One of the transitions I made career wise was from being a consultant to an organization to becoming an employee of that organization. As a consultant, you come in from the outside, complete your engagement and leave. Regardless of how effective you are, you are an outsider and are viewed as such. When we go to the zoo to visit animals we may admire them and be intrigued by them, but we do not, generally, imitate their behaviors or seek to understand those behaviors too deeply. In some ways, as consultants we are like those zoo animals, an observed curiosity. As a manager or a leader, though, within an organization, it becomes quickly apparent that they dynamic is very different. It took me a long time to understand how closely my behaviors were observed and the impact that my choices had on those who worked with and for me. In fact, it was in observing how closely others modeled my boss' behavior that I truly recognized the depth of this impact. In this instance, a boss who yelled and cursed led his employees to do the same and to treat others with the same type of disdain with which they were treated. One great element about modeling healthy, rather than unhealthy behaviors, is that it is better for you. Moreover, the science is that if you treat employees with kindness, you will be a more effective leader and they will be more productive. Here are four tips for being a healthy leader:
- Be mindful. If you are feeling tired and frustrated in a meeting or a discussion, odds are the others involved are as well. Suggest a quick break, a stretch, stepping outside, or, if your team is trained in HeartMath ™ a scientifically based stress reduction technique, take a moment to do HeartMath. Be respectful of other people’s time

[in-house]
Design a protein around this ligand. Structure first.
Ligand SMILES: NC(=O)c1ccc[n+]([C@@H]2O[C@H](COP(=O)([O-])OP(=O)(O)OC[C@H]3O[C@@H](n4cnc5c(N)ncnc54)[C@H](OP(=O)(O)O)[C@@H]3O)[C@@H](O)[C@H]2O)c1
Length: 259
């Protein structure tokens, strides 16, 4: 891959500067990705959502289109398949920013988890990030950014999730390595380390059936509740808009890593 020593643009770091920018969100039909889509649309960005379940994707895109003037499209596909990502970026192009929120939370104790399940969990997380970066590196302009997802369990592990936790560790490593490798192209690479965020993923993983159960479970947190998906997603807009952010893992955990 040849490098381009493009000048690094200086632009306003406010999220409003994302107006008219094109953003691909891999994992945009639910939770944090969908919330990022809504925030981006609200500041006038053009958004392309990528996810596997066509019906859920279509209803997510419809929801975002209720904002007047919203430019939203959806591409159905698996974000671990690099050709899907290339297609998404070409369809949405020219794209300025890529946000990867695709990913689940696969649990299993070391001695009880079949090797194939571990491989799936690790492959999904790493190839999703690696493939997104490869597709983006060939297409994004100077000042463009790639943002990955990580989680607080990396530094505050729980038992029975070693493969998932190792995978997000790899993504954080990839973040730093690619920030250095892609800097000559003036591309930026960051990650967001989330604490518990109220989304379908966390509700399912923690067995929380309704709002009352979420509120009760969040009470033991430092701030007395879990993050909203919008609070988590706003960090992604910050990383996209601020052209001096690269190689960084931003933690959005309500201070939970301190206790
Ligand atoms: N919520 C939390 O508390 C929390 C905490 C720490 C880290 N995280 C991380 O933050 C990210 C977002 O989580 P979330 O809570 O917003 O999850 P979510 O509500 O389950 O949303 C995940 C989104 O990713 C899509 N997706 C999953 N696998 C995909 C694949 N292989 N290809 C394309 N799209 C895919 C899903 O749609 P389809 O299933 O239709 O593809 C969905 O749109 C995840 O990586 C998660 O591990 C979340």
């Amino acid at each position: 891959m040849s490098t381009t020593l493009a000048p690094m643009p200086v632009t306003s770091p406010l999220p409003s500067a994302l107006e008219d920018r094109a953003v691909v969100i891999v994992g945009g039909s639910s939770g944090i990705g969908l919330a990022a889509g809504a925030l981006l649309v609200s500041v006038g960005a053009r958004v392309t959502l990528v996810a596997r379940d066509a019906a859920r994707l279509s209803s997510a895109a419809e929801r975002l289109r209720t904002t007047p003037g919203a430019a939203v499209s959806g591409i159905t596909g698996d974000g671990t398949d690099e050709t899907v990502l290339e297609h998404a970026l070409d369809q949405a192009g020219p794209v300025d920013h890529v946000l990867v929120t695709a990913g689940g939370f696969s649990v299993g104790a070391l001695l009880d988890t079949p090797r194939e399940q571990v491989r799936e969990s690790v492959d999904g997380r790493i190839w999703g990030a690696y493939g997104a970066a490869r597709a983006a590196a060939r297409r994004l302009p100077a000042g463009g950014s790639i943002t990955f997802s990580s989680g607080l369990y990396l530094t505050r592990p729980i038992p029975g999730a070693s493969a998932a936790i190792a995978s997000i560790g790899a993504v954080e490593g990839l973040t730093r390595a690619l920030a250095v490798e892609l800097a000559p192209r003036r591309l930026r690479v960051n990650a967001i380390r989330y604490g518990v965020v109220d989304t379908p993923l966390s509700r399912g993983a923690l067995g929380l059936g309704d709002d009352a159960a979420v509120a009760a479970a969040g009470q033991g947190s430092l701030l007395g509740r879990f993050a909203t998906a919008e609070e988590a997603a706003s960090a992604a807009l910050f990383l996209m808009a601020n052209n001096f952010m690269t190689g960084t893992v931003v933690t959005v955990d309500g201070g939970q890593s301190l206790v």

- Eat and Drink Well and Don’t Smoke. If you bring unhealthy foods or beverages to meetings, people will not only copy that behavior in meetings, but elsewhere as well. If you are only available for consultations during smoke breaks, people will spend time with you while you are smoking. Even if they don’t smoke, they are experiencing the negative impact of second hand smoke. If you regularly do business at bars, you will find that your staff is hungover more often and is more likely to drink to excess.
- Exercise – however you define that. Consider walking meetings, stretch breaks, even putting things in inconvenient locations in your office so that you are forced to get up and move around during the day. Even better, provide opportunities for employees to exercise during the work day or to bond during an after work or weekend event such as a bike ride, hike or 5 K.
- Practice work/life boundaries. The best way to ensure that the people who work with you respect work life boundaries is to ensure that you do. Just because access to your work is ubiquitous, it does not mean that you need to access it all of the time. There is strong science that demonstrates that using computer or other screens in the hours immediately before bed, negatively impacts sleep. And, increasing evidence that sleep is important for your health and your well being.